The Creativity Post | Knowing When to Say Nothing - Deepstash





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The Creativity Post | Knowing When to Say Nothing

The Creativity Post | Knowing When to Say Nothing


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Productive conversations

The practice of open and constructive conversation does not happen naturally, but we can improve it in just about any dialogue.

We can wait. Being silent before the other person speaks can contribute to language development in children, learning among students, and problem-solving by teams.



Waiting for children to speak

There is a difference between talking to and talking with a child.

The developmental gain in language and literacy skills has more to do with the quality of the talk than the quantity of words heard by a child. Taking turns to speak gives the child space and time to speak and receive feedback.


Waiting for students to speak

In a 1986 paper, research showed that teachers gave students typically 1 second or less to reply to a question, while the threshold for positive effects turns out to be 2.7 seconds.

  • Giving students more time to respond changed students' attitudes and behavior, and increased the number of questions and unprompted contributions by students.
  • Deliberately increasing wait times also contributes positively to the teacher's attitudes and behavior by forming more cohesive and constructive development of ideas, probing for clarification of elaboration, and encouraging fair expectations across a group of students.


Waiting for colleagues to speak

There is evidence that the performance of teams in solving intellectual problems is linked with well-timed talk.

A 1998 study found that groups generally outperformed individuals by listening to and questioning each other's contributions.



Language: a primary tool for understanding human behavior

Language: a primary tool for understanding human behavior

Language is integral to how we express and communicate in everyday life.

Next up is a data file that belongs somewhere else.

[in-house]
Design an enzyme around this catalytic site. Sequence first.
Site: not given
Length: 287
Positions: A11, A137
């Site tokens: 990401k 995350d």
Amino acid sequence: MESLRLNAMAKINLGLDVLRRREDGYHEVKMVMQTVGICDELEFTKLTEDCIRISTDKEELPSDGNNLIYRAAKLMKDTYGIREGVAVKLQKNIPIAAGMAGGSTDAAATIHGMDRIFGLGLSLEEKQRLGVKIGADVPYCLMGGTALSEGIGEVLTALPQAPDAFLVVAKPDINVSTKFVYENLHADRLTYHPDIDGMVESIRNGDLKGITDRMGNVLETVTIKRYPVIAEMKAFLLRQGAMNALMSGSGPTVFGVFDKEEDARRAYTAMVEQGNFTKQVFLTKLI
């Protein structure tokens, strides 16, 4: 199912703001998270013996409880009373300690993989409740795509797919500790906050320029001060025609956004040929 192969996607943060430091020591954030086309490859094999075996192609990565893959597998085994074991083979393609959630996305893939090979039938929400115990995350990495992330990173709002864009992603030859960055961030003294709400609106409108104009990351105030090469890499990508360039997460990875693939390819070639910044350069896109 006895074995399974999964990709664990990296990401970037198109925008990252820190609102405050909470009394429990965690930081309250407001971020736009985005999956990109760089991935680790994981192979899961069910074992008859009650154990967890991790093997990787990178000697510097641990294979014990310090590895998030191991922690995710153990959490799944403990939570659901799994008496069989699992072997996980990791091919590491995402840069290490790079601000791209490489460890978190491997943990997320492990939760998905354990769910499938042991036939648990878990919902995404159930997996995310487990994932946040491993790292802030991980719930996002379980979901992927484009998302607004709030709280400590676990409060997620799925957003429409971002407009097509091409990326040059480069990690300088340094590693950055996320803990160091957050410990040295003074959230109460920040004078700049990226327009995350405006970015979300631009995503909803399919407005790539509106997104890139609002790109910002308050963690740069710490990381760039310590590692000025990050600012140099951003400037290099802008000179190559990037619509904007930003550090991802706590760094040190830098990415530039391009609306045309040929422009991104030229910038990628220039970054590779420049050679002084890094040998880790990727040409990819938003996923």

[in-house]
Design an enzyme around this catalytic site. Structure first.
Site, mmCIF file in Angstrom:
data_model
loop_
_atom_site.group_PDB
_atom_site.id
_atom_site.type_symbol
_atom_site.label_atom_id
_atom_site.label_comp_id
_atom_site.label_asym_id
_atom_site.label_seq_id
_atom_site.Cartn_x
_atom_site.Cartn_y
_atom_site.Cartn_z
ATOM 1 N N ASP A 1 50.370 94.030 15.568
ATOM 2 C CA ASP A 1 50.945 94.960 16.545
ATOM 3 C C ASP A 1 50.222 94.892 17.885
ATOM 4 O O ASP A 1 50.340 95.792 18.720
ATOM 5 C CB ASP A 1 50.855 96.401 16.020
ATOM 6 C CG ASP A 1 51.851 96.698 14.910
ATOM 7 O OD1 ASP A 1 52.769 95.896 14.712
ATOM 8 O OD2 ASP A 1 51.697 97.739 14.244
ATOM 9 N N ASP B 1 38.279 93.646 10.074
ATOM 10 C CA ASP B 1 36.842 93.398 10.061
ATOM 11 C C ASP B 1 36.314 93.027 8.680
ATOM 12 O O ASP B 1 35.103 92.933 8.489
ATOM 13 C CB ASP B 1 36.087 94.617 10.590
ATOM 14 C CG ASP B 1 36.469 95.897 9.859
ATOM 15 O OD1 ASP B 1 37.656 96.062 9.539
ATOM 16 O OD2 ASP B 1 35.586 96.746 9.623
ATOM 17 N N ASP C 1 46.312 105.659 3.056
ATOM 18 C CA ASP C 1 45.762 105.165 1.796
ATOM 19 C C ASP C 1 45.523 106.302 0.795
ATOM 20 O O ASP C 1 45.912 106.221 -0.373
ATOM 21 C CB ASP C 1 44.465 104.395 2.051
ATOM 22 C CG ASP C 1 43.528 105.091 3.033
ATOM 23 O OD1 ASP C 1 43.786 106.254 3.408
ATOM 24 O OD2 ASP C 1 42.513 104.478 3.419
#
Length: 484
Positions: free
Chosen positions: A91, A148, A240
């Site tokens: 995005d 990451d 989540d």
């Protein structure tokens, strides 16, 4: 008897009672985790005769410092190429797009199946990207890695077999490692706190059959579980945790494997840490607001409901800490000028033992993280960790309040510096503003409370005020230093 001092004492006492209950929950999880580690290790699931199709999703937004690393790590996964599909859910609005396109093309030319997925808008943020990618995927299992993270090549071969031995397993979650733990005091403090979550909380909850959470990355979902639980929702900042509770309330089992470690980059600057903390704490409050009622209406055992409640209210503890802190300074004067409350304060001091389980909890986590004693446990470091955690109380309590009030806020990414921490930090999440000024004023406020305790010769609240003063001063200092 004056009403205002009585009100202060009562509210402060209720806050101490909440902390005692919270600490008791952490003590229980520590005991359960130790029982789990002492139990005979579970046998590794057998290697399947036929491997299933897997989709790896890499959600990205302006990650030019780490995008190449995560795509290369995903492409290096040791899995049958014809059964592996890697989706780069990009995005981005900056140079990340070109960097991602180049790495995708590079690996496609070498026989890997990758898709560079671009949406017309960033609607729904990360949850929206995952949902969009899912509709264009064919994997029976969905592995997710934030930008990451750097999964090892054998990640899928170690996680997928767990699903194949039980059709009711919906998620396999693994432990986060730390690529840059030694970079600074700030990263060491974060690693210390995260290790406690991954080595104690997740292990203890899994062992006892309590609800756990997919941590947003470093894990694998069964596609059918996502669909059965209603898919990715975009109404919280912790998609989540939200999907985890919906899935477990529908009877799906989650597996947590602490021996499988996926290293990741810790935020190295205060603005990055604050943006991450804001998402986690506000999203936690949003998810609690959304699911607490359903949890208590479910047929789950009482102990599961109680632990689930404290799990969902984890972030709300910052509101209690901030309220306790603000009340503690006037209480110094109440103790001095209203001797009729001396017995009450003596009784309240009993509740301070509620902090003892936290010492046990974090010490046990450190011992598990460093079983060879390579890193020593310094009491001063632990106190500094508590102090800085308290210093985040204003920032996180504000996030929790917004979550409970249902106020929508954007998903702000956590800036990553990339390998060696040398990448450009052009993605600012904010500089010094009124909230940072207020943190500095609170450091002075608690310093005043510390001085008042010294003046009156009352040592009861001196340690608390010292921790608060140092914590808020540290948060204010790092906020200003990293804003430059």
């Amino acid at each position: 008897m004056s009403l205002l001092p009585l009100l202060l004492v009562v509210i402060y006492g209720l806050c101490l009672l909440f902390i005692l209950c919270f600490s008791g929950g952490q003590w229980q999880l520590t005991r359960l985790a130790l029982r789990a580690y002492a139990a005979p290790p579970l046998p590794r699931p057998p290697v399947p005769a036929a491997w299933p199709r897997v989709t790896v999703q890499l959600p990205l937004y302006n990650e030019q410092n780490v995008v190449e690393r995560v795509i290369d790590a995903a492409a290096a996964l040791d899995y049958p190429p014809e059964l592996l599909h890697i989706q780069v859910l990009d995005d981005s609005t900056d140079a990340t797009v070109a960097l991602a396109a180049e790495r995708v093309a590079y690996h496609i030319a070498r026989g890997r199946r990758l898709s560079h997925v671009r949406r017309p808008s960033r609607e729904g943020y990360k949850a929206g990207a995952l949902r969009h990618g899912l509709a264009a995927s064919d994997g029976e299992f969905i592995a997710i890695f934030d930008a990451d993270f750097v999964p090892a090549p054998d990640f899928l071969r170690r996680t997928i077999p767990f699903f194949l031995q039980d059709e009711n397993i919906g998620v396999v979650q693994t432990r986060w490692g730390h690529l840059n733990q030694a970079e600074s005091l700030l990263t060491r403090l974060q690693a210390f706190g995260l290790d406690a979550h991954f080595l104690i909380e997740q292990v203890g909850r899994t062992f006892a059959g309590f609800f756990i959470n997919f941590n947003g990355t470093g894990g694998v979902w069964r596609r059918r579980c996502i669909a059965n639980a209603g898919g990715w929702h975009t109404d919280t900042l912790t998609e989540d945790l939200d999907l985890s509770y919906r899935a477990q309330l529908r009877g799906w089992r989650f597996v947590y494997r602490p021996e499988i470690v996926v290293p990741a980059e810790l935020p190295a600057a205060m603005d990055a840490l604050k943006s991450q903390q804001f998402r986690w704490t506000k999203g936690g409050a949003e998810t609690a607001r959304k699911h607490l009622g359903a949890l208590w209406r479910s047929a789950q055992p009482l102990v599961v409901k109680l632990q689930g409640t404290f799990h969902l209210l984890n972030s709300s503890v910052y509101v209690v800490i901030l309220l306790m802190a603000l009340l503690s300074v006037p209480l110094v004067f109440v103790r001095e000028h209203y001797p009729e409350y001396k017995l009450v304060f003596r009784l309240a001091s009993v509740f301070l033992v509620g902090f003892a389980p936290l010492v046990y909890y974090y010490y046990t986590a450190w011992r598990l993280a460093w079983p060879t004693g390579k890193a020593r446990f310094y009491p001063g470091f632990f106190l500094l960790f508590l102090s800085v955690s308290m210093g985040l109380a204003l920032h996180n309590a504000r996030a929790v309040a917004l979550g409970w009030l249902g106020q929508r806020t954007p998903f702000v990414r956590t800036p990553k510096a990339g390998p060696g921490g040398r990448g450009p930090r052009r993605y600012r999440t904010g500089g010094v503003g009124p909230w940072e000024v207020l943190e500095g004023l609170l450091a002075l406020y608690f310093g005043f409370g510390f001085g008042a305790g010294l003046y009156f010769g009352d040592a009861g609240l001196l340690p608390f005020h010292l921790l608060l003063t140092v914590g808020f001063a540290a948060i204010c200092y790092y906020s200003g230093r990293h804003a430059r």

Understanding how people use language - what words and phrases they choose to combine - can give us insight into our...

How language is interpreted

According to research, slight differences in language can reveal biased beliefs of the speakers.

For example, saying "girls are as good as boys at math" can imply that being good at math is more common for boys than girls.

Other languages inform our own

There are about 7,000 languages worldwide. Each language reflects the culture of the people who speak it.

Studying other languages and how they develop over time can help scholars understand the unique ways we communicate with one another.

Intelligence is not genius

Intelligence is not genius

Genius is not about having an extraordinarily high IQ, or even about being smart. It is not about finishing Mensa exercises in record time or mastering fourteen languages at the age of seven.


Geniuses and problem solving

Leonardo da Vinci believed you begin by learning how to restructure the problem by looking at it from many different angles.

In order to creatively solve a problem, the thinker should not use the usual approach that is based on past experience. Geniuses use several different perspectives to solve an existing problem and thereby also identify new ones.

Making your thoughts visible

_Galileo Galilei revolutionized science by making his idea visible with diagrams, maps, and drawings. Einstein believed that words and numbers as they are spoken did not play a significant role in his thinking process.

Geniuses seem to develop a skill to display information in visual and spatial forms, rather than only mathematical or verbal lines.


It is the physical expression through movement and rhythm of relationships, feelings and ideas.

Dance can help restore joy and stability in troubled lives and ease the tensions in scho...

Dance benefits

  • In an evaluation of Dancing Classrooms in New York City, 95 % of teachers said that as a result of dancing together, there was a demonstrable improvement in students’ abilities to cooperate and collaborate.
  • Dancing improves reading and math scores.  “physical activity has a positive influence on memory, concentration and classroom behavior.”
  • Arts benefit everyone regardless of their vocational pathways.